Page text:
An Italian greyhound belonging to a gay couple in Paris catches monkey pox

Monkeypox is a rare viral infection that causes unusual rashes or lesions (shown in a brochure provided by the US Centers for Disease Control and Prevention (CDC).

How to catch monkey pox?

Until this global outbreak, monkeypox was typically spread by infected rodents, including rats, mice and even squirrels, in West and Central Africa.

Humans can catch the disease, which comes from the same family as smallpox, if they are bitten by infected animals, touch blood, body fluids or scabs, or eat wild game or bushmeat.

Orthopoxvirus, which causes monkeypox, can enter the body through broken skin, even if it is not visible, as well as the eyes, nose, and mouth.

Although mainly spread by wild animals, monkeypox was known to be spread between people. However, health chiefs insist it was very rare until the current outbreak.

Human-to-human spread can occur if someone touches clothing or bedding used by an infected person, or through direct contact with scabs that reveal the virus. The virus can also be spread through coughing and sneezing.

In the steady increase in cases, experts think the virus is passed through skin-to-skin contact during sex, although this exact mechanism has never been seen until now.

How deadly is it?

Monkeypox is usually mild, with most patients recovering within a few weeks without treatment.

However, the disease kills up to 10% of cases. But that high rate is believed to be partly due to a historical lack of testing, meaning that one-tenth of known cases have died rather than one-tenth of all infections.

However, with milder strains, the death rate is closer to one in 100, similar to when Covid first hit.

The West African version of the virus, which is mild compared to the Central African strain, is behind the current spread. No deaths have been reported as part of the ongoing outbreak.

How is it tested?

Chickenpox can be difficult to diagnose as it is often confused with other infections such as chicken pox.

Monkeypox is confirmed by clinical assessment by a health professional and testing at the UK’s specialist laboratory – the UKHSA Rare and Imported Pathogens Laboratory.

The test involves taking samples from skin lesions, such as part of the scab, fluid from the lesions, or pieces of dry bark.

What are the symptoms?

It can take up to three weeks for patients infected with monkeypox to develop any telltale symptoms.

Early signs of the virus include fever, headache, muscle aches, back pain, swollen lymph nodes, chills and exhaustion, meaning it could theoretically be mistaken for other common illnesses.

But its most unusual feature is a rash that often starts on the face and then spreads to other parts of the body, usually the hands and feet.

The rash changes and goes through different stages before finally forming a crust, which then falls off.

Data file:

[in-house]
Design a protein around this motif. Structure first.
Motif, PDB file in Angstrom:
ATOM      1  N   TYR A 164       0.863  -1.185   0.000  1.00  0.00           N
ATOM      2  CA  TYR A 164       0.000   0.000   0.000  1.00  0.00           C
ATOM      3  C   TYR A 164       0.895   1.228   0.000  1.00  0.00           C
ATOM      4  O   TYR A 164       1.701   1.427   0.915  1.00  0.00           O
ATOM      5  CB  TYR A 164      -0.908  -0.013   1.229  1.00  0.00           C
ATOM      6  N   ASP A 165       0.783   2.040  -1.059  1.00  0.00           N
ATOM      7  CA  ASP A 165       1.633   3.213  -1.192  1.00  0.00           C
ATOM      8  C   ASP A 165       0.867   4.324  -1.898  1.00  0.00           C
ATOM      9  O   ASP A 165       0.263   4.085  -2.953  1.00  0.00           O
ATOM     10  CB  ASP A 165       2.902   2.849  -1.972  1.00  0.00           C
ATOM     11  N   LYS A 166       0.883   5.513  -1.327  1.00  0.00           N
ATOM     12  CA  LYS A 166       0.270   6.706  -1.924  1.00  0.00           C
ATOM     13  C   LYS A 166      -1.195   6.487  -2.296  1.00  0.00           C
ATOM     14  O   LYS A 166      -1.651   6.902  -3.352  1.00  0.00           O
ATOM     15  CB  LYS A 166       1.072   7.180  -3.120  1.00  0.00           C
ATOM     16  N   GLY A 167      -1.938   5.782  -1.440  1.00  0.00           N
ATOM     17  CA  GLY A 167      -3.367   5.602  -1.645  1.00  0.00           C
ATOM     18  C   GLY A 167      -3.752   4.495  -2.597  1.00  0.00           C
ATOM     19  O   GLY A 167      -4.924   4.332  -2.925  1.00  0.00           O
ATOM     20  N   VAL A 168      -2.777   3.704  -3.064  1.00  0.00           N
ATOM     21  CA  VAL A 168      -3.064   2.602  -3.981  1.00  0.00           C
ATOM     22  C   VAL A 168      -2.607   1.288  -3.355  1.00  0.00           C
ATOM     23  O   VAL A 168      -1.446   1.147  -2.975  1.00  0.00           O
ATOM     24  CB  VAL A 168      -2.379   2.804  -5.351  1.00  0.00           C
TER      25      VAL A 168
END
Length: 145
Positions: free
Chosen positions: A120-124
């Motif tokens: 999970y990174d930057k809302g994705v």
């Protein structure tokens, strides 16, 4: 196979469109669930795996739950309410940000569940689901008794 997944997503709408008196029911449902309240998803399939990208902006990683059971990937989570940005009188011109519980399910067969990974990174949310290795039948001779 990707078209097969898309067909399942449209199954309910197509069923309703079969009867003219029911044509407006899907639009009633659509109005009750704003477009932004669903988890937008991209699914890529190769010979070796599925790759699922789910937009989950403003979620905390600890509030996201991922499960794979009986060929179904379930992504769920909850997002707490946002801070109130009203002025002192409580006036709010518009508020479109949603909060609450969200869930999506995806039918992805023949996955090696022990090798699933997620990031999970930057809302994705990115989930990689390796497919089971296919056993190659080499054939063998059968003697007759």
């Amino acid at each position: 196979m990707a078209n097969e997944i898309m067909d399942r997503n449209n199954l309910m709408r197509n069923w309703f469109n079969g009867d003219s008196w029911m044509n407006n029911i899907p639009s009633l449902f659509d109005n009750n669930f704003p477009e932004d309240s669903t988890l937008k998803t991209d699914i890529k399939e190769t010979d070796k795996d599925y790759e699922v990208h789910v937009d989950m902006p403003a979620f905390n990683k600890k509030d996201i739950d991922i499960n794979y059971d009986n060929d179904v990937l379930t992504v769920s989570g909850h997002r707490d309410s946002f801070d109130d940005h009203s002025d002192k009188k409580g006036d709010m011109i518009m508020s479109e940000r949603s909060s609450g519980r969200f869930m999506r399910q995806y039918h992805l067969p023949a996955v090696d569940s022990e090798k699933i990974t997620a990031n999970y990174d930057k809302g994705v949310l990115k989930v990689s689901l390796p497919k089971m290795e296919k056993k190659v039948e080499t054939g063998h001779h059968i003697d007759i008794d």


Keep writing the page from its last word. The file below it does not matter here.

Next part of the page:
How long is someone contagious?

An individual is contagious from the point their rash appears until all scabs have fallen off and there is intact skin underneath.

Scabs may also contain infectious viral material.

The infectious period is believed to last three weeks, but may vary between individuals.

What do I do if I have symptoms?

The UK’s Health Safety Agency advises Britons to contact their sexual health clinic if they have a blistering rash and have been in close contact with a suspected or confirmed case of smallpox or have been in West or Central Africa during the last three weeks.

Britons are being asked to contact clinics before their visit and avoid contact with others until they have been seen by a doctor.

Gay and bisexual men have been asked to be especially alert to the symptoms, as most cases have been detected in men who have sex with men.

What even is monkey pox?

Monkeypox was first discovered when an outbreak of a smallpox-like disease occurred in monkeys kept for research in 1958.

The first human case was recorded in 1970 in the Democratic Republic of the Congo, and since then the infection has been reported in several countries in West and Central Africa.

Only a handful of cases have been reported outside of Africa, and they were limited to people with travel links to the continent.

The United Kingdom, the United States, Israel and Singapore are the only countries to have detected the virus before May 2022.

Monkeypox is a rare viral infection that kills up to one in ten of those infected, but it does not spread easily between people. The tropical disease is endemic in parts of Africa and is known for its rare and unusual rashes, bumps and lesions (file photo)

Nurses and doctors are advised to stay

Nurses and doctors are advised to be “alert” to patients who develop a new scabies rash or lesions (like the one above).

Is it related to chicken pox?

Despite causing a similar rash, chickenpox is not related to chickenpox.

The infection, which usually affects children, is caused by the varicella-zoster virus.

By comparison, monkeypox, like smallpox, is an orthopoxvirus. Because of this link, smallpox vaccines also provide protection against monkeypox.